I just finished reading the distribution chapter of Brad Osgood's lecture notes on Fourier Transform : For someone more with an engineering background, he does an amazing job at giving intuition so you feel the mathematical background without entering too much in it (I'd love to understand this more deeply, but I mainly want to apply Fourier Transform without getting lost too much in maths !).
I understand that the framework of distributions allows us to compute Fourier transforms of "functions" we couldn't have before. It gives really nice and easy formulas to work with sines, cosines, dirac delta, Heaviside function, etc... Which we couldn't have with classical Fourier transform.
However, on an intuitive level, I do not understand (I) why having the Fourier transform of a distribution (so some functional whose associated function integrates nicely with a Schwartz function) somehow also gives us the classical Fourier transform of the associated function (how could it be if the classical Fourier transform does not exist like for sine, cosine, etc... ?) ? (II) What integration with some arbitrary class of rapidly decreasing function has to do with it ? Intuitively, it would seem unrelated to me ! How this ideal case of Fourier transform of distributions has to do with classical Fourier transform of functions ? Because above all : I want the frequency spectrum of the functions sine, cosine, heaviside function, etc... not the Fourier transform of some conceptual distribution whose associated function integrates nicely with Schwartz functions.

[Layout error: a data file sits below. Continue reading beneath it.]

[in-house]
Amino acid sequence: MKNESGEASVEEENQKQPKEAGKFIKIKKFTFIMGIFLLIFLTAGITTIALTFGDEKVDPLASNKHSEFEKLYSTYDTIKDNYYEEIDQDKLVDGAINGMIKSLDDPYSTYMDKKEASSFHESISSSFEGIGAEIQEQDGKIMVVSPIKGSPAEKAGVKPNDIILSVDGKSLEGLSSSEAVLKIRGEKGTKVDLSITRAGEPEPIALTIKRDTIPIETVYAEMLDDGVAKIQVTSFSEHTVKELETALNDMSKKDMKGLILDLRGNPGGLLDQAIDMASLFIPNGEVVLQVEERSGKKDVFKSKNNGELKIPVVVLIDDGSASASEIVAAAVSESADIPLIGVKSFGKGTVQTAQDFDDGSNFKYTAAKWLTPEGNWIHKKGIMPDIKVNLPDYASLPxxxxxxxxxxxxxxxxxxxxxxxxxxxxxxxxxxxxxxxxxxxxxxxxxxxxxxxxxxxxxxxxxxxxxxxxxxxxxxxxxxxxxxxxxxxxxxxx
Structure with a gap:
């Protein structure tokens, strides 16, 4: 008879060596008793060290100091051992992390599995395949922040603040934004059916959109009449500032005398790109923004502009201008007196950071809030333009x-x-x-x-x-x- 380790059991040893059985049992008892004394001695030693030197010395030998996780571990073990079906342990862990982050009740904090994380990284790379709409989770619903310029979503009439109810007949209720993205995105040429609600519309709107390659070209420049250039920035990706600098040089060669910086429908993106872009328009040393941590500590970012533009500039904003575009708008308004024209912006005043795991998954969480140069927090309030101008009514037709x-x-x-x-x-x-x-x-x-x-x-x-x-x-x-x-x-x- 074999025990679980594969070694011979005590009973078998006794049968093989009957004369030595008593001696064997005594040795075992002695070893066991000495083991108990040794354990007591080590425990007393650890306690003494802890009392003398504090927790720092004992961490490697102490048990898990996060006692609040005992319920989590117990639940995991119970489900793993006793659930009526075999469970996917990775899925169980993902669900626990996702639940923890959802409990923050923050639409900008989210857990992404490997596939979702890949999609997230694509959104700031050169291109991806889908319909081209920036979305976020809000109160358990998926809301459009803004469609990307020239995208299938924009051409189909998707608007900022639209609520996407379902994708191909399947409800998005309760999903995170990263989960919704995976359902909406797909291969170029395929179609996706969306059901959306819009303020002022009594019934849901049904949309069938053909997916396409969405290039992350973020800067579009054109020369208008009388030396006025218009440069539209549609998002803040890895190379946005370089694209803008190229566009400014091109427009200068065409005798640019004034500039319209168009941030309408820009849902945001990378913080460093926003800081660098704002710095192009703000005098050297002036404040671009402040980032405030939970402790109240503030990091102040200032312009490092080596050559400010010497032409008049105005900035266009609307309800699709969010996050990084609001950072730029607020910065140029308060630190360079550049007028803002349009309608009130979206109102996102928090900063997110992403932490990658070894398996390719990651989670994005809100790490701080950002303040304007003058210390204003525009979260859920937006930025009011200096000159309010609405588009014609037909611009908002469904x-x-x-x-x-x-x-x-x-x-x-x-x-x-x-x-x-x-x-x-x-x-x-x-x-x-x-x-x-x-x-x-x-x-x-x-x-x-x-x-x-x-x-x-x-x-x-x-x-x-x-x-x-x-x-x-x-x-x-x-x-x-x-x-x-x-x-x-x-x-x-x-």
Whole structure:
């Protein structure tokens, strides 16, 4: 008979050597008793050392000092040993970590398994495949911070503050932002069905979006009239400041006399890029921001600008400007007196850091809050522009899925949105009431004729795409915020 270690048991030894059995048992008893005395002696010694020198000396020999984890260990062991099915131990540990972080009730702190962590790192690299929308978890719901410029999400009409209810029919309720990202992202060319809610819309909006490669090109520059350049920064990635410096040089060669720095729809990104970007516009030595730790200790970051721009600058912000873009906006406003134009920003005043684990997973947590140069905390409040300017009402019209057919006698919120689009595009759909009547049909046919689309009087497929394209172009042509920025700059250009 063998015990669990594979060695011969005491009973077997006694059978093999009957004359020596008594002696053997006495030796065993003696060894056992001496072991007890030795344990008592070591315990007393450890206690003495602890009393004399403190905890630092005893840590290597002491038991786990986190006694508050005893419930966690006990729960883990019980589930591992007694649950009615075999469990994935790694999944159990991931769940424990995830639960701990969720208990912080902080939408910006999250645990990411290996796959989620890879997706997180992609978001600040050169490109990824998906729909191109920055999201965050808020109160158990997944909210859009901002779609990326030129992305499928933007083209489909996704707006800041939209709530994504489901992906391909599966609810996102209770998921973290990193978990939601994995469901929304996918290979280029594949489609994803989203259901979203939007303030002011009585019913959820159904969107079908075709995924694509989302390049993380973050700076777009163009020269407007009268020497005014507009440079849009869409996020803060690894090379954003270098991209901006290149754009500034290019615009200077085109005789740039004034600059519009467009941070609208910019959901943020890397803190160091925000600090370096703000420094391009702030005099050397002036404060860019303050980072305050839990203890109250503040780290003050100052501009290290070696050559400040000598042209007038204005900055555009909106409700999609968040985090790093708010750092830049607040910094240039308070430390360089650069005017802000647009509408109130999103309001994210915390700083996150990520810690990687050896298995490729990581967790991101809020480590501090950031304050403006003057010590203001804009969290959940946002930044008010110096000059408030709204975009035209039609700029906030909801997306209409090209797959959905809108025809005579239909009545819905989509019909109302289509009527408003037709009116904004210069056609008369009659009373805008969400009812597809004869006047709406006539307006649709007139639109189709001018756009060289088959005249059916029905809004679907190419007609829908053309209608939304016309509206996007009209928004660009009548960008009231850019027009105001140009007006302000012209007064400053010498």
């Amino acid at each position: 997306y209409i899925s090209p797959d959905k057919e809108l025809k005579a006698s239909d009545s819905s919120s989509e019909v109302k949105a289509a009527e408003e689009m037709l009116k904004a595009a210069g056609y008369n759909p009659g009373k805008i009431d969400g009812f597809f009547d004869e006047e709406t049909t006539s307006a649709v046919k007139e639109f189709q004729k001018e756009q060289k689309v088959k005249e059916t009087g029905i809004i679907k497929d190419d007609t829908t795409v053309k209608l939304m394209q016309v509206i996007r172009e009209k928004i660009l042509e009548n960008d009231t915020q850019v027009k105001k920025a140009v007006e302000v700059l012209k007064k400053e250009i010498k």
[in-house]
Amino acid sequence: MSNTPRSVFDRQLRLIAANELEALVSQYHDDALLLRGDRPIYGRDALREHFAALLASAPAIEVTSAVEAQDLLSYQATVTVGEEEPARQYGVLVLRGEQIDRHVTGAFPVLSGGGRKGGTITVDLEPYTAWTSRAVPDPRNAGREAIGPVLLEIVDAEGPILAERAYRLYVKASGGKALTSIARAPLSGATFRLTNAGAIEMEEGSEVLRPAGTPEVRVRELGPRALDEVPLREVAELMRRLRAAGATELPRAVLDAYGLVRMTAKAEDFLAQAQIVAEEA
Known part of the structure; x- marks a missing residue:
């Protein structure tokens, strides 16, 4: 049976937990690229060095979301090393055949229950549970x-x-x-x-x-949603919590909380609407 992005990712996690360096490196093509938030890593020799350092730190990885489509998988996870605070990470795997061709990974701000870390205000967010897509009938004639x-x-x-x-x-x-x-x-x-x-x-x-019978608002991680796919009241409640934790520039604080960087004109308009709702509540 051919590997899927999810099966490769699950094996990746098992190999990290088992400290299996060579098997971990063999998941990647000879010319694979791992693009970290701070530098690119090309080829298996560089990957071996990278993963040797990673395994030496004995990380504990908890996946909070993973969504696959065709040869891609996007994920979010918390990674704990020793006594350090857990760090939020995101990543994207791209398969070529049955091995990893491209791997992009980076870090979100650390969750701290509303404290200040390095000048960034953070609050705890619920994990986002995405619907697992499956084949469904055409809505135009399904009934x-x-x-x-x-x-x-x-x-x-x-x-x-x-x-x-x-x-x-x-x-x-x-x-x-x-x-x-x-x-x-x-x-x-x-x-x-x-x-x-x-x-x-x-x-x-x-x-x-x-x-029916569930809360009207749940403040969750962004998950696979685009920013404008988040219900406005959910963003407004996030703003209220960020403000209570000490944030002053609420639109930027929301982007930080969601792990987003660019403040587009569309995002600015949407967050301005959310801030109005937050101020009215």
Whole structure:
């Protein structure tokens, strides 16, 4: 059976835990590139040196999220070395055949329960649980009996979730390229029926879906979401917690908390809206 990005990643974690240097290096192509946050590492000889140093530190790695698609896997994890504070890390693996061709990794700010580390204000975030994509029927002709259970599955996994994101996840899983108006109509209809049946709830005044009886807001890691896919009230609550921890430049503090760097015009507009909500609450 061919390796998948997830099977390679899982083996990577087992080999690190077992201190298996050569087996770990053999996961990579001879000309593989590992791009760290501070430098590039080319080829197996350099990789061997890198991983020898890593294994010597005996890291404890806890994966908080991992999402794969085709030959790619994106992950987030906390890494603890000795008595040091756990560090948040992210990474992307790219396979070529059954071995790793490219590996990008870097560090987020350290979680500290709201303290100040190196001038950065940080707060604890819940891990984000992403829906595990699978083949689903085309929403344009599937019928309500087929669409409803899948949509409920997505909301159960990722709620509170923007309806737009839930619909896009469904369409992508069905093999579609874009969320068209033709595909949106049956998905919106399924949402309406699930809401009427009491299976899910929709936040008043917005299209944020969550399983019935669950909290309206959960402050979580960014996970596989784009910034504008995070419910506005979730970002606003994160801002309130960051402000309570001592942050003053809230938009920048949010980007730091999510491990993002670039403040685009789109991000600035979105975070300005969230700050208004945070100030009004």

(III) Is there some theory to prove the equality between the Fourier transform of a distribution and the Fourier transform of its associated function ? So if we can't compute the classical Fourier transform of sine, we can still get it by the Fourier transform of its associated distribution ?
It seems the extract just below is also about this (but I'm not sure) : "If the classical Fourier transform of a function defines a distribution, then that distribution is the Fourier transform of the distribution that the function defines". (IV) But I don't know if it includes the following functions : sines, cosines, Heaviside unit step, dirac, etc... because the "classical Fourier transform" of the latter does not exist... So it can't define a distribution ?
In this extract from a lecture of Brad Osgood (47'13 to 47'33), he explains an equality that has to be understood as an equality of distributions, not of pointwise functions. (V) When and why can the line be blurred ?